Social psychology


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Yes! Photo by Westend61/Stefan Kranefeld/Gallery Stock
Essay/
Work
Stupefied

How organisations enshrine collective stupidity and employees are rewarded for checking their brains at the office door

André Spicer

Barry Falls/Heart Agency

Essay/
Language and linguistics
Naughty words

What makes swear words so offensive? It’s not their meaning or even their sound. Is language itself a red herring here?

Rebecca Roache

Image courtesy The British Library
Essay/
Social psychology
Disgust made us human

Our ancestors reacted to parasites with overwhelming revulsion, wiring the brain for morals, manners, politics and laws

Kathleen McAuliffe

A Mongolian shaman or böö sits with his child before a fire ritual during the summer solstice in June 2018 outside Ulaanbaatar. Banned under communist rule, shamanism has seen a resurgence in Mongolia since 1992, when the ancient practice became protected by the country's Constitution. Photo by Kevin Frayer/Getty

Essay/
Social psychology
Masters of reality

The trances and healing powers of shamans are so widespread that they can be counted a human universal. Why did they evolve?

Thomas T Hills

Austin, Texas. 1963. Photo by Thomas Hoepker/Magnum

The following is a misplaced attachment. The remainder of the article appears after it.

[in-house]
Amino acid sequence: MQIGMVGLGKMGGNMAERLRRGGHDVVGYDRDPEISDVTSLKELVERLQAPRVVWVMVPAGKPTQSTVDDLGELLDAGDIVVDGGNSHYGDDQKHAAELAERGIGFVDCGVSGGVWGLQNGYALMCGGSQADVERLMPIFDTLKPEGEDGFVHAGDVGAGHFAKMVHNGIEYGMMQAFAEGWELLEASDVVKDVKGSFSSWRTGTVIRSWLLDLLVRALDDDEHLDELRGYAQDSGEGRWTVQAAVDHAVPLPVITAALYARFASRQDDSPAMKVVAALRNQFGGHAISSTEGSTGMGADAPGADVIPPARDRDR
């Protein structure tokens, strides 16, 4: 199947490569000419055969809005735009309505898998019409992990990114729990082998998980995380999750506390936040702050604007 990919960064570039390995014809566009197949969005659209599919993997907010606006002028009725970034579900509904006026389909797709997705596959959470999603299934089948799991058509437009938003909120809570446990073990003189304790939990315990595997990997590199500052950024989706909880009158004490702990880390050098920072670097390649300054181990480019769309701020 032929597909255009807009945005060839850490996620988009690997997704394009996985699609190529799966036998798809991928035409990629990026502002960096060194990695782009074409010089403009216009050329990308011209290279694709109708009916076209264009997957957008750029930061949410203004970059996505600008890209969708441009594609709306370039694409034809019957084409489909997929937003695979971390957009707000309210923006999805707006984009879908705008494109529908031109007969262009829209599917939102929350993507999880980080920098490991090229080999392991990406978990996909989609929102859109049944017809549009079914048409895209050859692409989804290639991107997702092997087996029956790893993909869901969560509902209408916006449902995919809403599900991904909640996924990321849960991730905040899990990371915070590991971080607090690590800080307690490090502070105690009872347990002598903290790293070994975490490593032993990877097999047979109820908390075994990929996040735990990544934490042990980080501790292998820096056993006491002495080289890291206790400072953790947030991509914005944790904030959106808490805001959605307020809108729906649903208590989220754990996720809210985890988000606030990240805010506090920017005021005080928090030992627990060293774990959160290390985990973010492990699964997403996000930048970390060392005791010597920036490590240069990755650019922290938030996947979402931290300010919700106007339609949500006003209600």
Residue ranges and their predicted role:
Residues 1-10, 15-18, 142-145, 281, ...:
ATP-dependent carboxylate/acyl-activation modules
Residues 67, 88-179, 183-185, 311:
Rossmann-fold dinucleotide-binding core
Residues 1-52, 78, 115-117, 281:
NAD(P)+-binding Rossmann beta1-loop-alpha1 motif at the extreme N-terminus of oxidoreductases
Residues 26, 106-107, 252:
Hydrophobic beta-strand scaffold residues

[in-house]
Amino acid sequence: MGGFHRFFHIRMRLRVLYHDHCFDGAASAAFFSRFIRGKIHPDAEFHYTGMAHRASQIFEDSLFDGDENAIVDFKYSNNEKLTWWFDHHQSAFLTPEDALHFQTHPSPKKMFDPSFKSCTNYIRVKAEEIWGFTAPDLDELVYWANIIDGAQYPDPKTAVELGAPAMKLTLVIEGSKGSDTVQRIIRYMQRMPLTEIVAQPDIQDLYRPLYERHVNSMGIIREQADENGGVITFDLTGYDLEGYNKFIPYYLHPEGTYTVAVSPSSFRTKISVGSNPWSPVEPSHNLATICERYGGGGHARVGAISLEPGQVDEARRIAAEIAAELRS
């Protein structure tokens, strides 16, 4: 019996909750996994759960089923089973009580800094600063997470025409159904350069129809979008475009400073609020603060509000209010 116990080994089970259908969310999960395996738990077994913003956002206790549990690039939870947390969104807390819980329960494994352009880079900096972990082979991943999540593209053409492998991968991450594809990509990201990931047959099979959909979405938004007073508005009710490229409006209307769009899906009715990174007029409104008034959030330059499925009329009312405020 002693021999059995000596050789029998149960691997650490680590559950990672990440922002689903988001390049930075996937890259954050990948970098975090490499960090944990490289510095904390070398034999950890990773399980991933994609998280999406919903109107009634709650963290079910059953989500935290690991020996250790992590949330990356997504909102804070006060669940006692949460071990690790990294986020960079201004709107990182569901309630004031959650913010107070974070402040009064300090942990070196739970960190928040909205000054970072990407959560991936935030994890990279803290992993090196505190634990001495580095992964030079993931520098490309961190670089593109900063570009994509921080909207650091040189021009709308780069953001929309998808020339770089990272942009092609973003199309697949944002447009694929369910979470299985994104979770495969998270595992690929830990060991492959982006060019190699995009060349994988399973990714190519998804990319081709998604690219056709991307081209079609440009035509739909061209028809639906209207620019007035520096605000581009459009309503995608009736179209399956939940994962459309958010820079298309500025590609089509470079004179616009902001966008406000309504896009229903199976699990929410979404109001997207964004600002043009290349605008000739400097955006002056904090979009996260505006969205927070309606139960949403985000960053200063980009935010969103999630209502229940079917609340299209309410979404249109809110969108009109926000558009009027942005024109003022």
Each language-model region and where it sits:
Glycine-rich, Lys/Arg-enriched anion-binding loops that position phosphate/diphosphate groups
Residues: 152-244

Essay/
Social psychology
Rejection kills

The brain makes no distinction between a broken bone and an aching heart. That’s why social exclusion needs a health warning

Elitsa Dermendzhiyska

Detail from The Ship of Fools 1510-1515 by Hieronymus Bosch. Musée du Louvre, Paris. Photo by Getty
Essay/
Cognition and intelligence
Not so foolish

We are told that we are an irrational tangle of biases, to be nudged any which way. Does this claim stand to reason?

Steven Poole

New York, 2009. Photo by Chris Hondros/Getty Images

Essay/
Beauty and aesthetics
Rise of the ripped

With bodies sculpted to look like comic-book heroes, today’s muscle men create an impossible template for masculinity

Clarissa Sebag-Montefiore

At a concert in Hyde Park, London. June 1975. Photo by Selwyn Tait/Sygma/Corbis
Essay/
Demography and migration
Against generations

Generational thinking is seductive and confirms preconceived prejudices, but it’s a bogus way to understand the world

Rebecca Onion

Oh human folly! Photo courtesy Wikimedia
Essay/
Economics
Platonically irrational

How much did Plato know about behavioural economics and cognitive biases? Pretty much everything, it turns out

Nick Romeo

Merry Company, 1562 (oil on panel) by Jan Matsys. Musee d'Art Thomas Henry, Cherbourg, France. Photo by Bridgeman Art/Getty

Essay/
Ethics
The ugly truth

We all know our culture puts a premium on good looks – does that mean that the ugly are oppressed?

Jonny Thakkar

Stanley Milgram and his 'shockbox'. Photo courtesy The Chronicle of Higher Education

Essay/
Bioethics
The psychology of torture

The Milgram experiments showed that anybody could be capable of torture when obeying an authority. Are they still valid?

Malcolm Harris